Last spring, a Brit-led team created a resurgence of interest in Sistema Huautla, the deepest cave in the Western Hemisphere, originally discovered in 1965. They spent 10 full days underground and reached a new depth of 5,069 feet. On March 28, a 26-person international team led by Americans Bill Steele and Tommy Shifflett, will embark on a four-week expedition to Oaxaca, Mexico to find out just how far down the rabbit hole goes.

A fellow of the National Speleological Society and fellow emeritus of The Explorers Club, Steele has been to Huautla 18 times since he first began exploring the massive cave system in 1977. "It's probably the greatest cave on Earth," he says. "It's already the 8th deepest cave on the planet, and it's longer than the top 16 deepest caves, which means it's huge. And there's so much more we haven't discovered. This is just the tip of the iceberg."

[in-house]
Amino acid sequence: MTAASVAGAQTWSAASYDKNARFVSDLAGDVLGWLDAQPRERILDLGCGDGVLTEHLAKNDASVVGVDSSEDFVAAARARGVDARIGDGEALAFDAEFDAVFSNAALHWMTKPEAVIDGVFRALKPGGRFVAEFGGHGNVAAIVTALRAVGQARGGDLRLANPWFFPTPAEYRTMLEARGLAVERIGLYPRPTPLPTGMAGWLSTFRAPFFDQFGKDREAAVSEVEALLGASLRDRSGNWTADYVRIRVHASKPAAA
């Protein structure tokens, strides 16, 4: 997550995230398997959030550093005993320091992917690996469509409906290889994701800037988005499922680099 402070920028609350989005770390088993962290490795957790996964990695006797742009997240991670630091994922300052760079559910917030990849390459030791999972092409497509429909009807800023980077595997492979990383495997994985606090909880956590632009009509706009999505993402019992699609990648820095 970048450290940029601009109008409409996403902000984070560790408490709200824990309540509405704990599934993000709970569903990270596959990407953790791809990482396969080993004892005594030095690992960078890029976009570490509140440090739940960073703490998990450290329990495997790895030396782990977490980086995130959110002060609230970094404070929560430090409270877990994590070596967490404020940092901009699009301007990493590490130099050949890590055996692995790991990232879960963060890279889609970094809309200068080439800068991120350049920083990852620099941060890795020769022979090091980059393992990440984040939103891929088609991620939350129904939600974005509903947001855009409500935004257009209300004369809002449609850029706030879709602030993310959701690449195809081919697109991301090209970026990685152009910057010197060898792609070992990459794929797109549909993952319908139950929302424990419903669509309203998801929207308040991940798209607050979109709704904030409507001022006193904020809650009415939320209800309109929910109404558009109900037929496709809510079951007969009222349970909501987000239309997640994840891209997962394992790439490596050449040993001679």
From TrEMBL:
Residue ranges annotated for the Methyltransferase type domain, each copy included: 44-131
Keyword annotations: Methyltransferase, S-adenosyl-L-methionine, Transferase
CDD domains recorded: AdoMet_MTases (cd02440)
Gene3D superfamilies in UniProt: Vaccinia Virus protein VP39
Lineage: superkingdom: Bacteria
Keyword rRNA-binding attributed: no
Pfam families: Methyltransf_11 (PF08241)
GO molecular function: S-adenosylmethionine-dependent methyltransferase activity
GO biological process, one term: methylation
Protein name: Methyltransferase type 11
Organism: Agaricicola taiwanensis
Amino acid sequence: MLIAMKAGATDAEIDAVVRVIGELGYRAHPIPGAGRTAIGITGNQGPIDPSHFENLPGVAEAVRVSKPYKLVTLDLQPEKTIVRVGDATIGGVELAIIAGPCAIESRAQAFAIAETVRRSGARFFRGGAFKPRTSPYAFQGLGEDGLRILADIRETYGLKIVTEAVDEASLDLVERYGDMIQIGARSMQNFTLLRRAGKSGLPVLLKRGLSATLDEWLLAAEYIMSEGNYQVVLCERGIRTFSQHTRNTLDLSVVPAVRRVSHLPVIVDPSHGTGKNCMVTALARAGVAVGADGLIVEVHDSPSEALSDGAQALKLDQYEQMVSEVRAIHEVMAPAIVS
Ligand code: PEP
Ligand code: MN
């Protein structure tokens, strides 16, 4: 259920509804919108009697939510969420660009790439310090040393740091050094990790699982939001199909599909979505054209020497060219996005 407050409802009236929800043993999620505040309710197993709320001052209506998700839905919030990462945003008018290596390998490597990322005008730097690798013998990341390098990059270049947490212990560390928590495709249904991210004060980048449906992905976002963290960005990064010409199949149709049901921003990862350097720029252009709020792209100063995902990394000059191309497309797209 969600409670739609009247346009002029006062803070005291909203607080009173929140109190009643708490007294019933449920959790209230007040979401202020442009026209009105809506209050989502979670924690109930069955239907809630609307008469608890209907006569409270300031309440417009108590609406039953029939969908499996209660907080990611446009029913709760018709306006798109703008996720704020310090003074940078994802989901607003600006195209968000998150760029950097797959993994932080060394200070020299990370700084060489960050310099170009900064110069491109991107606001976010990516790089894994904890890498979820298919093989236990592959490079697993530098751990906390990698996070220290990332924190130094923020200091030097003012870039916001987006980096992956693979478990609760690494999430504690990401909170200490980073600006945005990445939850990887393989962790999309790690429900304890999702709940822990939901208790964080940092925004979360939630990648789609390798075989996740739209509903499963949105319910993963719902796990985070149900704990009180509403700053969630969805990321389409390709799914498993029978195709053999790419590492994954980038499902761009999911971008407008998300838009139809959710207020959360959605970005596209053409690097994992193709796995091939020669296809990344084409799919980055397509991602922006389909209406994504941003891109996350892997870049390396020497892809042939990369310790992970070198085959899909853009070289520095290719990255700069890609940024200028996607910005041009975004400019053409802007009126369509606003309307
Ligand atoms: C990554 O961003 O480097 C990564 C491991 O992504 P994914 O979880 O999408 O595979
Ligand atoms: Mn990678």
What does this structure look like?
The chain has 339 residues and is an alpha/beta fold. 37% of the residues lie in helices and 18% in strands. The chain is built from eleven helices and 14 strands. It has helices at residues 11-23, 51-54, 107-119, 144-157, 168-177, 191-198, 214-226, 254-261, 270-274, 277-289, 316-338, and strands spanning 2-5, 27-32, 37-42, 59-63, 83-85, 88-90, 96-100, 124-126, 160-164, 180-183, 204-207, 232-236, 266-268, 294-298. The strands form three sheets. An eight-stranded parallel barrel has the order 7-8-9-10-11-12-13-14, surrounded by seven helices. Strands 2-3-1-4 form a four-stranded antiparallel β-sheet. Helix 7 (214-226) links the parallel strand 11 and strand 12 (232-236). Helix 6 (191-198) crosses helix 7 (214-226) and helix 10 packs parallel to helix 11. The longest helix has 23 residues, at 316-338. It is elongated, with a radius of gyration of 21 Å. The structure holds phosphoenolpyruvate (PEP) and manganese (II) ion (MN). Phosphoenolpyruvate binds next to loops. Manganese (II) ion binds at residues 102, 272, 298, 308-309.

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Steele and Shifflett have devoted the next decade to finding out exactly how mammoth and complex Sistema Huautla actually is. The March 28 trip kicks off a series of month-long expeditions to be held in April every year for the next 10 years. "It's going to take us at least that long," says Steele.

Part of the challenge of understanding Huautla is the varied geologic features: dozens of waterfalls (some 60 stories high), massive chambers like the 300-foot high "Anthodite Hall," and sumps – water-filled trenches resembling underground lakes. "We'll be conducting a full Speleological study – geology, hydrology, paleontology, biology, archeology, and cartography," says Steele.

And then there's the fact that it's underground, with no light, and complicated mazes that must be carefully tracked in order to make it back to the entrance. The team is prepared to spend up to two weeks camping underground to plumb the depths of Huautla. Steele hopes to hit 5,280 feet–the depth of one mile–and to extend the known length from 65 kilometers to 100 kilometers by linking the various underground passageways.